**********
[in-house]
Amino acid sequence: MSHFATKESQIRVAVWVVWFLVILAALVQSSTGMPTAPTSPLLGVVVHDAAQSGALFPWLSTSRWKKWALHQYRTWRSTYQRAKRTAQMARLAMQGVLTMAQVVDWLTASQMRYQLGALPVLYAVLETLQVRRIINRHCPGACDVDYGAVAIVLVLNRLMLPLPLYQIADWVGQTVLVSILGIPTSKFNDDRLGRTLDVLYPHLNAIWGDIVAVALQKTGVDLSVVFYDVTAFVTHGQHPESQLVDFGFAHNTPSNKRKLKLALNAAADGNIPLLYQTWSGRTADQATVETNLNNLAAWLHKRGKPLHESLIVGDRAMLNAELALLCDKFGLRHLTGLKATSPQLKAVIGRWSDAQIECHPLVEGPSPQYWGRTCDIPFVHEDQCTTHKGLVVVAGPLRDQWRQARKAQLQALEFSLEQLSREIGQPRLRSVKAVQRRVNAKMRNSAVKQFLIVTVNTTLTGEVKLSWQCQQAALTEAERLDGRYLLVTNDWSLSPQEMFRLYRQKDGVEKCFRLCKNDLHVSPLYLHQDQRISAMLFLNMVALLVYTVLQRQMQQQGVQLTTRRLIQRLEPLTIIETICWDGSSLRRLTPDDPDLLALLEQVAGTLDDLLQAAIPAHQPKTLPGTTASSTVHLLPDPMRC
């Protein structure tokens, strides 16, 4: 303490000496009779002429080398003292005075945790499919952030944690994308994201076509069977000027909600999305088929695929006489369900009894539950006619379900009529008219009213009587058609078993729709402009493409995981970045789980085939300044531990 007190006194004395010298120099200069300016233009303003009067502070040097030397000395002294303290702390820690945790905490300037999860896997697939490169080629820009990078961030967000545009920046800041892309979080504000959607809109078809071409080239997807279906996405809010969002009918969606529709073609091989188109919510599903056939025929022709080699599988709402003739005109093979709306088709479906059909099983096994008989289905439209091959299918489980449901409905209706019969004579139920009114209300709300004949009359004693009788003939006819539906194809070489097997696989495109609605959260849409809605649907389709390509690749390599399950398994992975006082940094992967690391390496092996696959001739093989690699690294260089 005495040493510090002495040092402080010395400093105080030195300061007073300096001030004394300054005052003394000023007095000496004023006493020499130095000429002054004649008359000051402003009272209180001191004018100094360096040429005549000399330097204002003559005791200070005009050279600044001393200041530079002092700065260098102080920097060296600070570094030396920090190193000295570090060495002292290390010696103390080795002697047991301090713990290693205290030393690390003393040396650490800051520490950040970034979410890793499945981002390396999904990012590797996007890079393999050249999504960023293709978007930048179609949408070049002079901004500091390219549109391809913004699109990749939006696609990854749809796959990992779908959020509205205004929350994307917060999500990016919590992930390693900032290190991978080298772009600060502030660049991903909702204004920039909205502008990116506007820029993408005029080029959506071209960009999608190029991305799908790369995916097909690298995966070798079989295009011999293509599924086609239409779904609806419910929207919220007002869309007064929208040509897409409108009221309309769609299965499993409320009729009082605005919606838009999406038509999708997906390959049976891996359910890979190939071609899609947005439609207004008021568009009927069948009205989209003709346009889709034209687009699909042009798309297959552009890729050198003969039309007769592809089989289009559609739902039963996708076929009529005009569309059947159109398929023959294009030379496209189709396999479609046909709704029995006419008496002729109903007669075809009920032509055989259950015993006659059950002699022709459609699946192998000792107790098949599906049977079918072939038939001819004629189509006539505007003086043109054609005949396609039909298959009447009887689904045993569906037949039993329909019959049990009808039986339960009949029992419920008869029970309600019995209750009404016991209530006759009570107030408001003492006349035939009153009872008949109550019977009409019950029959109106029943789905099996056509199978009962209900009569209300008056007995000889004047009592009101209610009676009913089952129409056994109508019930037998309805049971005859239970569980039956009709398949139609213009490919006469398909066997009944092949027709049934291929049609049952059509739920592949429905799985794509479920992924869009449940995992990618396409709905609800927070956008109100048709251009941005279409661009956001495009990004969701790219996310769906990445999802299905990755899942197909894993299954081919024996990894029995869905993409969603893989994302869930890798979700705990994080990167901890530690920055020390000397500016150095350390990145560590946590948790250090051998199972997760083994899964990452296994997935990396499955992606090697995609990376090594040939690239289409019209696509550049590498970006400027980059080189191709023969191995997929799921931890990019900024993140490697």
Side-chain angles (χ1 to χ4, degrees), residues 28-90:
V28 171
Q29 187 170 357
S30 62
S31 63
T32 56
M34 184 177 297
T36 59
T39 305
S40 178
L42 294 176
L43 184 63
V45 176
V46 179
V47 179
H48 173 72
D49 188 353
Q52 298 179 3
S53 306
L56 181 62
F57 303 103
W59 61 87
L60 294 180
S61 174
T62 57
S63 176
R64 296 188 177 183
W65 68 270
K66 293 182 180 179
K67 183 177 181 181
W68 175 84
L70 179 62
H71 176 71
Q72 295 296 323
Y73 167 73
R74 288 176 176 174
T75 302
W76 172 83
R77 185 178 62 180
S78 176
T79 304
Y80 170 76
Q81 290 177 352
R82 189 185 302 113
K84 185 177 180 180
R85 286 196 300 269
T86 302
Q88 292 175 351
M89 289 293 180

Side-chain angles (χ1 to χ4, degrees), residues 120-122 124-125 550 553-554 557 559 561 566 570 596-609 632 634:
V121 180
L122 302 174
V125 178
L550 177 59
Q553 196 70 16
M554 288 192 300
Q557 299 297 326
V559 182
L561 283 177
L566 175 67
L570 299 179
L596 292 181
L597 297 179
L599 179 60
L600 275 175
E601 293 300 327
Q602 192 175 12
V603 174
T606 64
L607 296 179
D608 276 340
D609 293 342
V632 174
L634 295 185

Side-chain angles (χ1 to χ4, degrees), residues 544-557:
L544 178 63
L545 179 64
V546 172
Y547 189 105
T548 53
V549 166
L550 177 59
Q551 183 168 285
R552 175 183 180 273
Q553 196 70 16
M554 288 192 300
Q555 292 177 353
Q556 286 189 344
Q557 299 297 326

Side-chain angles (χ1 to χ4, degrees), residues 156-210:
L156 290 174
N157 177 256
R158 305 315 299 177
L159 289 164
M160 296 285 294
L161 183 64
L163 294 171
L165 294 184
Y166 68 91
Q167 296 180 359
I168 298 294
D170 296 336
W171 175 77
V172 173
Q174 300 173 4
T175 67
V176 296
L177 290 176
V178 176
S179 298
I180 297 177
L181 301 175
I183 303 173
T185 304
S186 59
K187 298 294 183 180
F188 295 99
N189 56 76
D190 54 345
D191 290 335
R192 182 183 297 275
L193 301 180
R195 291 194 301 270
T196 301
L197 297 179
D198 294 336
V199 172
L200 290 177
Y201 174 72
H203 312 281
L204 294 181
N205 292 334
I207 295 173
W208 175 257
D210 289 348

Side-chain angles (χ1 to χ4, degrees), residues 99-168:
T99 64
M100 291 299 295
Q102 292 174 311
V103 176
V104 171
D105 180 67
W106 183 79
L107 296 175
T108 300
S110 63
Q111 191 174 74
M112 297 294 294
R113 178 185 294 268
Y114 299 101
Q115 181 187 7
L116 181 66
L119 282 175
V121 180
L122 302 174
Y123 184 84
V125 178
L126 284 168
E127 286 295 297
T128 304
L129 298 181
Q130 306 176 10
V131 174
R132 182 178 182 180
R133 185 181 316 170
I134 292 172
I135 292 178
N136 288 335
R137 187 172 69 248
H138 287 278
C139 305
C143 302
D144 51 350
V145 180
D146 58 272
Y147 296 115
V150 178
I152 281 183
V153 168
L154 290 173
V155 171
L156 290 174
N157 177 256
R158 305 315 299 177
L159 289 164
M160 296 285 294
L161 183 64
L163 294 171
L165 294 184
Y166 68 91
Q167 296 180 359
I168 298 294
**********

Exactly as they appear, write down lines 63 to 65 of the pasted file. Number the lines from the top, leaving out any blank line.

L566 175 67
L570 299 179
L596 292 181